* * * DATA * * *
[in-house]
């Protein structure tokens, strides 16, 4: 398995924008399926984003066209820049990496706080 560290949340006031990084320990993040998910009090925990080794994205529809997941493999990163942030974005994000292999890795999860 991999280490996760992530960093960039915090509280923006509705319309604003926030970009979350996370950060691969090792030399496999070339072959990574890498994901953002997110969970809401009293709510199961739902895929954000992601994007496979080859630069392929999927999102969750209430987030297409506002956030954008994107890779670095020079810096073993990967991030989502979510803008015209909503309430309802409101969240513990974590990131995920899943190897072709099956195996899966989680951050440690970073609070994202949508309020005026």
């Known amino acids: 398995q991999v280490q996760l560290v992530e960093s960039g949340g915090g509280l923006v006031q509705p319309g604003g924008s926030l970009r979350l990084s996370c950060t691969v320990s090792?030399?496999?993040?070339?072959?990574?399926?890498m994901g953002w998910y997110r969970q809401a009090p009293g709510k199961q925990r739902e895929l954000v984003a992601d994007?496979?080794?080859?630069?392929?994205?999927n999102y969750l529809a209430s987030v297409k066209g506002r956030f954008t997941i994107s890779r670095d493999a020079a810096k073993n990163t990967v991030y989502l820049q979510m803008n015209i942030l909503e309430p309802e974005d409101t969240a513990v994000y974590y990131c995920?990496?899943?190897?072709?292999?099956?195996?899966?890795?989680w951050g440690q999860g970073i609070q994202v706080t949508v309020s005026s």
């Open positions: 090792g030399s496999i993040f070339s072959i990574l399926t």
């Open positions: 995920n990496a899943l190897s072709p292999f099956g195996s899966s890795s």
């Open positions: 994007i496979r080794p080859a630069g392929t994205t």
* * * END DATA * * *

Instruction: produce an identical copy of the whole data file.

[in-house]
């Protein structure tokens, strides 16, 4: 398995924008399926984003066209820049990496706080 560290949340006031990084320990993040998910009090925990080794994205529809997941493999990163942030974005994000292999890795999860 991999280490996760992530960093960039915090509280923006509705319309604003926030970009979350996370950060691969090792030399496999070339072959990574890498994901953002997110969970809401009293709510199961739902895929954000992601994007496979080859630069392929999927999102969750209430987030297409506002956030954008994107890779670095020079810096073993990967991030989502979510803008015209909503309430309802409101969240513990974590990131995920899943190897072709099956195996899966989680951050440690970073609070994202949508309020005026």
């Known amino acids: 398995q991999v280490q996760l560290v992530e960093s960039g949340g915090g509280l923006v006031q509705p319309g604003g924008s926030l970009r979350l990084s996370c950060t691969v320990s090792?030399?496999?993040?070339?072959?990574?399926?890498m994901g953002w998910y997110r969970q809401a009090p009293g709510k199961q925990r739902e895929l954000v984003a992601d994007?496979?080794?080859?630069?392929?994205?999927n999102y969750l529809a209430s987030v297409k066209g506002r956030f954008t997941i994107s890779r670095d493999a020079a810096k073993n990163t990967v991030y989502l820049q979510m803008n015209i942030l909503e309430p309802e974005d409101t969240a513990v994000y974590y990131c995920?990496?899943?190897?072709?292999?099956?195996?899966?890795?989680w951050g440690q999860g970073i609070q994202v706080t949508v309020s005026s």
């Open positions: 090792g030399s496999i993040f070339s072959i990574l399926t």
């Open positions: 995920n990496a899943l190897s072709p292999f099956g195996s899966s890795s």
């Open positions: 994007i496979r080794p080859a630069g392929t994205t």